The response to the U.S. Airways incident from the imams and Muslim organizations nationwide was intensely dramatic, reeking of political grandstanding. They denounced the actions taken by the authorities, labeling it an example of pervasive discrimination now faced by Muslims in America. Muslim spokesmen dubbed the response a police action and claimed the imams were singled out for religious and ethnic reasons as part of a pervasive “flying while Muslim” mindset. ICT imam Shahin ignored the loud, anti-U.S. rhetoric expressed by the imams and insisted they were simply praying. He criticized America, saying, “If up to now they don’t know about prayers, this is a real problem.”
Nihad Awad, executive director of the Council on American-Islamic Relations (CAIR) also blamed American attitudes, when he said, “We are concerned that crew members, passengers and security personnel may have succumbed to fear and prejudice based on stereotyping of Muslims and Islam.”
This, from the head of an organization which is a terrorist-supporting front group for Hamas that has raised money for the Holy Land Foundation, which was designated a terrorist organization by both the European Union and the United States before it was shut down.
This level of outrage and outcry from the Muslim community raises serious questions about the U.S. Airways incident itself. Could this have been a staged event to call attention to “unfair” profiling of Muslim passengers?
Surely, Americans are conscious of the fact that not all Muslims are terrorists...but most terrorists are Muslims. The Nov. 21 incident appears to be uniquely crafted to criticize American attitudes and security policies, arising from and created in response to everyday realities.
The six imams who were removed from U.S. Airways Flight 300 just happened to be among those attending a conference for the newly elected first Muslim Congressman in America, Keith (Hakim Mohammed) Ellison of Minnesota. Ellison, who recently spoke at a CAIR fundraiser, has vowed to criminalize Muslim profiling and has demanded to talk with U.S. Airways’ officials. CAIR has called for congressional hearings to investigate incidents of “flying while Muslim” and has worked with incoming Judiciary Chairman John Conyers, D-MI, to draft a resolution that gives Muslims special civil rights protections. Conyers is co-sponsoring the “End Racial Profiling Act” with incoming Speaker Nancy Pelosi. They have vowed to end racial profiling, limit the reach of the Patriot Act and facilitate the immigration process.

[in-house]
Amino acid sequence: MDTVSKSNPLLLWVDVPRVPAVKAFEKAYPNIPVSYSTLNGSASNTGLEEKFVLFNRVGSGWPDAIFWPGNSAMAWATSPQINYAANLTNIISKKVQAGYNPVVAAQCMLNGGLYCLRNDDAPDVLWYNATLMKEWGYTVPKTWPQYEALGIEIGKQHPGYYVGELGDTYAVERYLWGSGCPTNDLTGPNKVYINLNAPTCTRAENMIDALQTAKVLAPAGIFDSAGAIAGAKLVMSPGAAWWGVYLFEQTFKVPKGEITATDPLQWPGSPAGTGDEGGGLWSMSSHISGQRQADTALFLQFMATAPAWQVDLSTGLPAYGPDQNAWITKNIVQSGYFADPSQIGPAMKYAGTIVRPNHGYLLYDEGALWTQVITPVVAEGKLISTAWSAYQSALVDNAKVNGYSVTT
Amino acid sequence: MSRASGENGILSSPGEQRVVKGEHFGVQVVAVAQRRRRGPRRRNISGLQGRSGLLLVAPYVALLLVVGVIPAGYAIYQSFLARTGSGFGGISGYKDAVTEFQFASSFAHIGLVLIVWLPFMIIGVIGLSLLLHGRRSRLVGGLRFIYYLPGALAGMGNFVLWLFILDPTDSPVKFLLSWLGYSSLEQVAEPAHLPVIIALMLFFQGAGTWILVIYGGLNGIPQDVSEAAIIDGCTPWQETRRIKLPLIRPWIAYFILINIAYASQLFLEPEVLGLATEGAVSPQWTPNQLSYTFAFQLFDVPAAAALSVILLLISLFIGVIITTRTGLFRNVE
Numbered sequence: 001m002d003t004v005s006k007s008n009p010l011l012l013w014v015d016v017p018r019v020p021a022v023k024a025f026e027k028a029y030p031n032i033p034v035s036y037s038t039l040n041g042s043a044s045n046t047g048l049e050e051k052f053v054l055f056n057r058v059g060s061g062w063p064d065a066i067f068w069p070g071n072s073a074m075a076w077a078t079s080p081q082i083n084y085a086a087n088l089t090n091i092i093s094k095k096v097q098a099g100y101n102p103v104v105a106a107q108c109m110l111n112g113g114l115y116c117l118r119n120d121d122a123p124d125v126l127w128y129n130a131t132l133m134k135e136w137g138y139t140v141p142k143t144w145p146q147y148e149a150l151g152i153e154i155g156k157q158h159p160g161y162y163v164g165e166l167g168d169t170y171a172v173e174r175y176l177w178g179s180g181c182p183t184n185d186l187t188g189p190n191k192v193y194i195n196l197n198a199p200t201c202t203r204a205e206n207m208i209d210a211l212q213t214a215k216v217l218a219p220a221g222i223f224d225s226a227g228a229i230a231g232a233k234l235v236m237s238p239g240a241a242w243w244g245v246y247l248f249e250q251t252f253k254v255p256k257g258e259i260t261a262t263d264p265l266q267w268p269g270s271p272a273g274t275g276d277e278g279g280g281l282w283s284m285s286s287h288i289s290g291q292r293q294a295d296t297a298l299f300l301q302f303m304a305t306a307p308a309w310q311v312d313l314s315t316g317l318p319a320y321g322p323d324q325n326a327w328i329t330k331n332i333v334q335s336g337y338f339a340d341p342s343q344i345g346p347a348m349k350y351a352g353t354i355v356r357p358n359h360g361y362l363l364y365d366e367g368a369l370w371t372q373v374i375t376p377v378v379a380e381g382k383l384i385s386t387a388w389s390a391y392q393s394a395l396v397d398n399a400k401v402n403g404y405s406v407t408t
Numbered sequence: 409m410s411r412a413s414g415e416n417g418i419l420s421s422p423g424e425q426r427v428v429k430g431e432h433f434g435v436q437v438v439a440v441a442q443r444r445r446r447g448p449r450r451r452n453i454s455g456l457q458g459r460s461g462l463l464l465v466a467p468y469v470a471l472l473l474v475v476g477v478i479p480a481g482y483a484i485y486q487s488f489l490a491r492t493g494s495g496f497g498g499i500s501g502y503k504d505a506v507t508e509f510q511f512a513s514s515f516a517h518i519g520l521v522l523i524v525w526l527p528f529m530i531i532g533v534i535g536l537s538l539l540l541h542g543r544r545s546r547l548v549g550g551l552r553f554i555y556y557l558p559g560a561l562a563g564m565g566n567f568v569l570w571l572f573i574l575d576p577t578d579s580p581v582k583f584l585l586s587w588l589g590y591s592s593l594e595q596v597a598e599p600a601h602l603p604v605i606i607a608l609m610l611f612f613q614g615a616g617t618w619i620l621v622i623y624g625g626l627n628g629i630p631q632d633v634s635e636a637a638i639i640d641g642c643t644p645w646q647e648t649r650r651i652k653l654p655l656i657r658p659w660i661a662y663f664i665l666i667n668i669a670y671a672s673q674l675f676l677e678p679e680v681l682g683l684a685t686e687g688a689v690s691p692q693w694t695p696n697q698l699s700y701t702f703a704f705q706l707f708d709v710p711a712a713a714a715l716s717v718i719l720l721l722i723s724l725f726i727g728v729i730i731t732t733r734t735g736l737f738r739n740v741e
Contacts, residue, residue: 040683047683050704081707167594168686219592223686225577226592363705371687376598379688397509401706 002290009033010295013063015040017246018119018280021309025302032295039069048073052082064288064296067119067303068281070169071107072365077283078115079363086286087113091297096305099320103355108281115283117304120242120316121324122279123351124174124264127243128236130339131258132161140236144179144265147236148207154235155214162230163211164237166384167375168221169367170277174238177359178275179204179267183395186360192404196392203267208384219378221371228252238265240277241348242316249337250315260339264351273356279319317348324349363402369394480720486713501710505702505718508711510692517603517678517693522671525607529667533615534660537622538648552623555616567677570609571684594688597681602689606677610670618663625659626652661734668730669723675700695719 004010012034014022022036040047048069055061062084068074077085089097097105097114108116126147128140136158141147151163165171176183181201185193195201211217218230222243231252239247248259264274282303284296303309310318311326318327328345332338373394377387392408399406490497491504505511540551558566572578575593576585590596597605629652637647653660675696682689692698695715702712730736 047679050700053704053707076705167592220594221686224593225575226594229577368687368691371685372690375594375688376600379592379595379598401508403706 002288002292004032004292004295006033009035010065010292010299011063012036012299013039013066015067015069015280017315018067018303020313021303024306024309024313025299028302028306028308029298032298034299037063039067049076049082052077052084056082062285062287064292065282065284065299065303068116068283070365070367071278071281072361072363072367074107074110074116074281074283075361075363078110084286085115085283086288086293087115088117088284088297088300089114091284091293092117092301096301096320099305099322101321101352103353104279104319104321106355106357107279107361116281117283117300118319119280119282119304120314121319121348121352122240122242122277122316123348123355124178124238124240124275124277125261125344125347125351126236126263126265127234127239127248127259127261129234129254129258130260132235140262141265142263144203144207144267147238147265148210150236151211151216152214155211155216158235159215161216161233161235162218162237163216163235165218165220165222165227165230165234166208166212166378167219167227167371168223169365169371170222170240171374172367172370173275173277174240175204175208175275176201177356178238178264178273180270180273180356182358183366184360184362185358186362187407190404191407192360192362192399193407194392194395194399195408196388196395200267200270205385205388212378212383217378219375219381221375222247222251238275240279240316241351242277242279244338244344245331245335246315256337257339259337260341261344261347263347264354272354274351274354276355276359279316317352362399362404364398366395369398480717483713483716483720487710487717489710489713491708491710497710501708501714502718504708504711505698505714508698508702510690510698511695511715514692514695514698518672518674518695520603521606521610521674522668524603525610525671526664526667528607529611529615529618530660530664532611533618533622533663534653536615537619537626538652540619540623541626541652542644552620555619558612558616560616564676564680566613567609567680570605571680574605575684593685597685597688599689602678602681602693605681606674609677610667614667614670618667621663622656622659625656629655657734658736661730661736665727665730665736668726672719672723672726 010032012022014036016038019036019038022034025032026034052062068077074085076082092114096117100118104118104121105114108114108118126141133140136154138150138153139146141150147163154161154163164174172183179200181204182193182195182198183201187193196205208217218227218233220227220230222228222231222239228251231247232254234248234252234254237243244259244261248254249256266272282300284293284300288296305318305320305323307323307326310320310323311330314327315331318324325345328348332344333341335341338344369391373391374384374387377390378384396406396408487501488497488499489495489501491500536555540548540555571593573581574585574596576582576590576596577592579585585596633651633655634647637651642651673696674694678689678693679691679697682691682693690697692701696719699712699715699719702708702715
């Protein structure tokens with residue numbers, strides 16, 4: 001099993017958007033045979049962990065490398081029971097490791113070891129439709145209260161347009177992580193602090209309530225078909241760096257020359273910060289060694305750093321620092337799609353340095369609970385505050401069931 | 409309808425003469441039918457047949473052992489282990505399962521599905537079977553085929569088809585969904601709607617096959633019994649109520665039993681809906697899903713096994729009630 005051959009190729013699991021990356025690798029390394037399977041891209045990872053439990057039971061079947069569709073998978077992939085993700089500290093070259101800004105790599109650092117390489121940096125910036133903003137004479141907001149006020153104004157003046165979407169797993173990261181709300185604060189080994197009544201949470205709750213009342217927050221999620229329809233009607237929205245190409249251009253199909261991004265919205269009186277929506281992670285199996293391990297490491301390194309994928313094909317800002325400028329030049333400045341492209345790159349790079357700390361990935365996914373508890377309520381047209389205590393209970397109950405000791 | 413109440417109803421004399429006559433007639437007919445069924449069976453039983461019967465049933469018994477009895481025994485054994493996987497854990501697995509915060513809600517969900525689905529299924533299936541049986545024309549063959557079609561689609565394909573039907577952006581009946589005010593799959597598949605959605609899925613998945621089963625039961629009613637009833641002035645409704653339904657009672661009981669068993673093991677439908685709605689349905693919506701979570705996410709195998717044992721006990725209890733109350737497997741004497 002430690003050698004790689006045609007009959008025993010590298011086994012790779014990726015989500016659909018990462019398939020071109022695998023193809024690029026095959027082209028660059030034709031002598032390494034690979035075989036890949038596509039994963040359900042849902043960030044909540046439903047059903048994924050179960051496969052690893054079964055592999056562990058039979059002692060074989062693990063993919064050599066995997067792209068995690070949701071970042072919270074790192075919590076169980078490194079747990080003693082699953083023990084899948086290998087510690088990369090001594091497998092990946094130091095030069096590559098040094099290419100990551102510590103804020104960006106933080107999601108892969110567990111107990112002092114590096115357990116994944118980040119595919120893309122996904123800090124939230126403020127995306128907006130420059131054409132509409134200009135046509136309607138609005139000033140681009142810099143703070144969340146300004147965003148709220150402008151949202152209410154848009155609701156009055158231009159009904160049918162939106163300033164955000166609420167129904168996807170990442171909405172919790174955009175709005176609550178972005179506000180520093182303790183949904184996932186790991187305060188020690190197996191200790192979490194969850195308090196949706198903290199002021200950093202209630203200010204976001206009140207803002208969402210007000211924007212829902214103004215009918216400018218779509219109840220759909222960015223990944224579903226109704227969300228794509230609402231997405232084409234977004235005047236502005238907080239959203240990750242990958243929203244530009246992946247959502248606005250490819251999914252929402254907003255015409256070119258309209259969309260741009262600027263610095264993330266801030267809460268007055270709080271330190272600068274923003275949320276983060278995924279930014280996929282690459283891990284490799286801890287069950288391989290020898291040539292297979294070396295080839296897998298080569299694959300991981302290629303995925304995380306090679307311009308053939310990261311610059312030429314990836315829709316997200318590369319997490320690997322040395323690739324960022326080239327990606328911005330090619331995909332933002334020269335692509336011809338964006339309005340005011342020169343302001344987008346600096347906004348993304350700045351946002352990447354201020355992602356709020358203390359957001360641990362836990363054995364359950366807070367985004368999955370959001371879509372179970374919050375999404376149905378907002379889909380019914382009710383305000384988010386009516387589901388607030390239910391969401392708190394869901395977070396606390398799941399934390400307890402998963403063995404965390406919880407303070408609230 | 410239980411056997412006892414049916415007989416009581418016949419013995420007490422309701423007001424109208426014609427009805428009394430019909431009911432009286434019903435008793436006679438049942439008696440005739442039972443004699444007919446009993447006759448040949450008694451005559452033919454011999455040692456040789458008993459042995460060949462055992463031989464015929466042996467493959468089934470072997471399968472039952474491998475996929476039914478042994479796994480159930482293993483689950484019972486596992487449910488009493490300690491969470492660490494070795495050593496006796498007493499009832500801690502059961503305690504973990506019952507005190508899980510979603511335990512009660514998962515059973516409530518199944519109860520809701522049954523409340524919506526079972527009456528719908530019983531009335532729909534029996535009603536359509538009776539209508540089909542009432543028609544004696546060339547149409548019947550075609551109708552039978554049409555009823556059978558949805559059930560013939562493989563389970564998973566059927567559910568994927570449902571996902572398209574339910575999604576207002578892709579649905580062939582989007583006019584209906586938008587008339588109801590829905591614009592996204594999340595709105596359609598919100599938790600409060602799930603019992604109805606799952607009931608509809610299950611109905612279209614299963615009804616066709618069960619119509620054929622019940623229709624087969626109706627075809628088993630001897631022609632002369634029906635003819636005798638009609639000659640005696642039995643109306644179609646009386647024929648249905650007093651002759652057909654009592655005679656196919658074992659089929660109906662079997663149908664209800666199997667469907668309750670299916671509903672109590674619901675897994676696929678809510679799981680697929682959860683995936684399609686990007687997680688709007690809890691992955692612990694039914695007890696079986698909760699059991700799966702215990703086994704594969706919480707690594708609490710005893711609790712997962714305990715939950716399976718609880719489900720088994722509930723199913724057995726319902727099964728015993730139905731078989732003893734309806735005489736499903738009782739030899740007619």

“Since September 11th, many Muslim Americans have been subjected to searches at airports and other locations based upon their religion and national origin, without any credible information linking individuals to criminal conduct,” Pelosi has said. “Racial and religious profiling is fundamentally un-American and we must make it illegal.”
Democrats who are demanding changes to legislation that was enacted to protect our country from a repeat of 9/11 must be asked what is illegal about profiling individuals from groups “of interest” in order to protect the public and prevent terrorist attacks. What is “fundamentally un-American” about exercising vigilance with people of the same racial and religious background as the 9/11 hijackers? What could be more protective of the civil rights of Americans than shielding them from those pledged to kill them? Since when are the rights of terrorists more important than the safety and security of the American public?
In the interest of pursuing stated goals to Islamicize America, Muslims feel free to demand special accommodations for their religious beliefs and cultural practices. They enjoy First Amendment protections and freely criticize American society on our university campuses and in mosques and madrassas. They invoke hate speech against opponents and classify them as religious infidels.
Americans, however, are not free to scrutinize Muslims. Those who do are immediately suspect and censured when they question, criticize or monitor Muslim actions, no matter how insidious and suspicious. Muslims in America have conveniently reset the bar of tolerance to be defined as the unquestioned acceptance of Islam, its prophet, and its practices. If we fail to continue to question, scrutinize and speak out, then they will have succeeded in their campaign of cultural jihad and rendered homeland security unable to deal with real jihad.